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I want to de/encrypt several binary files rather frequently on a normally battery-powered device. My goal is to use AES-256 when the device is AC-powered and a highly performant algorithm when it's battery-powered to save power. I appreciate that the level of security will be compromised.

Is there a performant algorithm that provides "decent" security? I see that Blowfish fares a bit better according to this analysis, but the difference is rather small over AES-128. Given that the paper is almost 10 years old, are there good alternatives out there today?

Is AES-128 supposed to be the standard for something decently secured and highly performant?

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  • $\begingroup$ Do you have AES hardware on the device? AES-128 would be secure, but if you don't have hardware there are faster alternatives. $\endgroup$ – otus Sep 18 '15 at 8:12
  • $\begingroup$ Yes, there is hardware support, but I was hoping for something to be even faster and less resource consuming. Would it make sense to use chacha though? $\endgroup$ – Kar Sep 18 '15 at 8:44
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    $\begingroup$ You would have to benchmark it. Hardware implementations are often faster and less resource consuming, but ChaCha is less complex than AES so it could go either way. $\endgroup$ – otus Sep 18 '15 at 11:39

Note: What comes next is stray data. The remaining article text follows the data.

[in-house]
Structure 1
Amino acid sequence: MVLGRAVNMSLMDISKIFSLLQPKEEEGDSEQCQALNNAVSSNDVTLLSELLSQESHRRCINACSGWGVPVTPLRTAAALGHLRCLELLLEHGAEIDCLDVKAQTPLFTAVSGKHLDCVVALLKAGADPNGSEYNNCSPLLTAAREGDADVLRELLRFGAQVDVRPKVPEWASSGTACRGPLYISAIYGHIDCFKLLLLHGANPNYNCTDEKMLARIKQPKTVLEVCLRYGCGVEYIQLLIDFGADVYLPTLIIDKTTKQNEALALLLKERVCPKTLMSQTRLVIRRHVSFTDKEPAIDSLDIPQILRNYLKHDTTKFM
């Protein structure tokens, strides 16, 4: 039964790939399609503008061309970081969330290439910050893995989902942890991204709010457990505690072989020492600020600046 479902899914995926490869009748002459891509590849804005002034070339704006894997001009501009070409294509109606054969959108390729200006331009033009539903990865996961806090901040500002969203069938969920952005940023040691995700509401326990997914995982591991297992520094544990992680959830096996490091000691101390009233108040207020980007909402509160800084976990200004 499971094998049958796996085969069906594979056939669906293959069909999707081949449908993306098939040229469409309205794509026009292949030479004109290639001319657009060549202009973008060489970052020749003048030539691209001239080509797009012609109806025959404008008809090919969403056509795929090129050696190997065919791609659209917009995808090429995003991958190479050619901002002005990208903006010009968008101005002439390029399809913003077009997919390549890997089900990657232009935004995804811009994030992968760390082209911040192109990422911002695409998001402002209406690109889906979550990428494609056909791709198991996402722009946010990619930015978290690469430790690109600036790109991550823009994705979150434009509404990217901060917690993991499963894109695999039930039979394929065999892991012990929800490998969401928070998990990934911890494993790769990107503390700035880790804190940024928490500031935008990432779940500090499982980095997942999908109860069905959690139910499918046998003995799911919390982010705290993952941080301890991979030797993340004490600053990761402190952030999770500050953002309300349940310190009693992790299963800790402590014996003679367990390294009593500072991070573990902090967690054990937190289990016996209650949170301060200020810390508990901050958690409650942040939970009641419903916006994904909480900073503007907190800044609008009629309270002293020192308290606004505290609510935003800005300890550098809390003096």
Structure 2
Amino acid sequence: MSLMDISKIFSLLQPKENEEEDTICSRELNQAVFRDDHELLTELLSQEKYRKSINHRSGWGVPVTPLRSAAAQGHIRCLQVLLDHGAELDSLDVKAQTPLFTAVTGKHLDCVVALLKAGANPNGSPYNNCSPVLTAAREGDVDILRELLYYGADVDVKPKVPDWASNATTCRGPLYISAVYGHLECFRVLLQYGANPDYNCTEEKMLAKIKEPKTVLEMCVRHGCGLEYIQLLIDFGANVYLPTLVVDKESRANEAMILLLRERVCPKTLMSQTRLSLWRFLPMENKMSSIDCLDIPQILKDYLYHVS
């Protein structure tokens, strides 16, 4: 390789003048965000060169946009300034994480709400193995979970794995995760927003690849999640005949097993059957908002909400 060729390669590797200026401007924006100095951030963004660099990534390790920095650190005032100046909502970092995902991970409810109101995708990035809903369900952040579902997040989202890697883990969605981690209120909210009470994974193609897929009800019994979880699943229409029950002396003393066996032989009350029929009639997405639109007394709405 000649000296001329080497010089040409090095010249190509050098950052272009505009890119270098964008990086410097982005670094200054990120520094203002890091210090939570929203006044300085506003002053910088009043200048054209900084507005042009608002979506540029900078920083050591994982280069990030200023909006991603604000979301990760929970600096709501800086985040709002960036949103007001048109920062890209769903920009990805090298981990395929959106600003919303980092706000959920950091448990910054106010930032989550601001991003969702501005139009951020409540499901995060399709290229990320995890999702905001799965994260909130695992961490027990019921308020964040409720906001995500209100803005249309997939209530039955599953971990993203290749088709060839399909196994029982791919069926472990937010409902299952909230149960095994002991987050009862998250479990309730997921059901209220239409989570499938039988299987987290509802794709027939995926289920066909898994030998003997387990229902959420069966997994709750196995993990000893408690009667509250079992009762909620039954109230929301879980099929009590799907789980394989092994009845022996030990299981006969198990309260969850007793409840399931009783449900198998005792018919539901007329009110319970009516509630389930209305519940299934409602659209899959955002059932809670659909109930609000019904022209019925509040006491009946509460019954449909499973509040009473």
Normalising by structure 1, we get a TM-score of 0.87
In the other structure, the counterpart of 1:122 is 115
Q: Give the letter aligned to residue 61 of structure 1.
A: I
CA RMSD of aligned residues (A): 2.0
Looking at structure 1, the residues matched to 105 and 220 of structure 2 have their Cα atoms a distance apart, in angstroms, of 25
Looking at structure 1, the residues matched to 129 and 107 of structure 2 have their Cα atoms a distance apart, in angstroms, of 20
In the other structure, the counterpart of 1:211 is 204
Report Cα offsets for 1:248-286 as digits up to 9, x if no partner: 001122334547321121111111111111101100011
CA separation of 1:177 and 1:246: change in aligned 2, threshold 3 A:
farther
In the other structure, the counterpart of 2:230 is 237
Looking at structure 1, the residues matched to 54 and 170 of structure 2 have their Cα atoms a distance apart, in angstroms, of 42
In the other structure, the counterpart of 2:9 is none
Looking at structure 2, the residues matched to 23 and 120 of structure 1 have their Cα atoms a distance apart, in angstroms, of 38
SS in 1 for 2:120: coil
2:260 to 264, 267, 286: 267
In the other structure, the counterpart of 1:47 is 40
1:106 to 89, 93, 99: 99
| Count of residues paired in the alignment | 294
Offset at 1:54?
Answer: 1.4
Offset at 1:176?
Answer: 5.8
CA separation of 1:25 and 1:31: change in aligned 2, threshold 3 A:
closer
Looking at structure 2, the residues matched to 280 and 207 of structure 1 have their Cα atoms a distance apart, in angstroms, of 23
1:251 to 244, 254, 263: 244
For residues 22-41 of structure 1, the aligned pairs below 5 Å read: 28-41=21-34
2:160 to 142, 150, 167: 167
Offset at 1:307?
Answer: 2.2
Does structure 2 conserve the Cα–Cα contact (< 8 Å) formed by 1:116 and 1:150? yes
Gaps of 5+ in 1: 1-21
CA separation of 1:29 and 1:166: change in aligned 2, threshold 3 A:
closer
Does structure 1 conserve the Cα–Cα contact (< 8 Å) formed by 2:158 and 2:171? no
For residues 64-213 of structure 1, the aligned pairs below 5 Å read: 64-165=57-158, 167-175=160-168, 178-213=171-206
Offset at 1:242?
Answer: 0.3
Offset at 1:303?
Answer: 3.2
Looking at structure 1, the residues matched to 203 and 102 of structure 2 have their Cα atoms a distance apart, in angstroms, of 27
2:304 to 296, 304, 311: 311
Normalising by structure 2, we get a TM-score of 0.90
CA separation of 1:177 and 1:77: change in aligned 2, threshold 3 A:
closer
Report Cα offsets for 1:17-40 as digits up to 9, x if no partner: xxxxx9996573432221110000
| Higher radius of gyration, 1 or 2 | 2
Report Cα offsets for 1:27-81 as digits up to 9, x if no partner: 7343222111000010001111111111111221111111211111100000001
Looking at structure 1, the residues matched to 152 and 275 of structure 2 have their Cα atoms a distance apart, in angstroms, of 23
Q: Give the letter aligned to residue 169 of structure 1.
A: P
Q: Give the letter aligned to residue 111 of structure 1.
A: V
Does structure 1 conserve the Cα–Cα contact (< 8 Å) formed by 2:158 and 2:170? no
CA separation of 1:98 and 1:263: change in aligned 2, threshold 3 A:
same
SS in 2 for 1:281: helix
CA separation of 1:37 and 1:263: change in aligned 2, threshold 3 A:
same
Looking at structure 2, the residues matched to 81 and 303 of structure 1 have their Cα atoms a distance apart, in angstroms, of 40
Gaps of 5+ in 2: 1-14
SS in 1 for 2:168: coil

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    $\begingroup$ If you're going to use a less-secure cipher when on battery, I strongly recommend you use it at all times. It would be trivial for an adversary to downgrade the security to the lowest level, so the higher one buys you nothing but complexity, and complexity is the enemy of security. $\endgroup$ – Reid Rankin Sep 18 '15 at 15:55
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    $\begingroup$ +1 to @MrNerdHair. While "AES-256 is more secure than AES-128" is certainly true, that does not imply that AES-128 is insecure in any way. Using both does not make your app more secure (for the reasons he mentioned), it just creates more opportunities for security-reducing bugs. $\endgroup$ – BlueRaja - Danny Pflughoeft Sep 18 '15 at 16:32
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Yes, AES-128 is intended to be the standard block cipher for building a secure and efficient symmetric cryptosystem using some block cipher operating mode, like CTR for encryption or GCM for authenticated encryption; efficiency can be particularly good when there is hardware support for AES and GCM.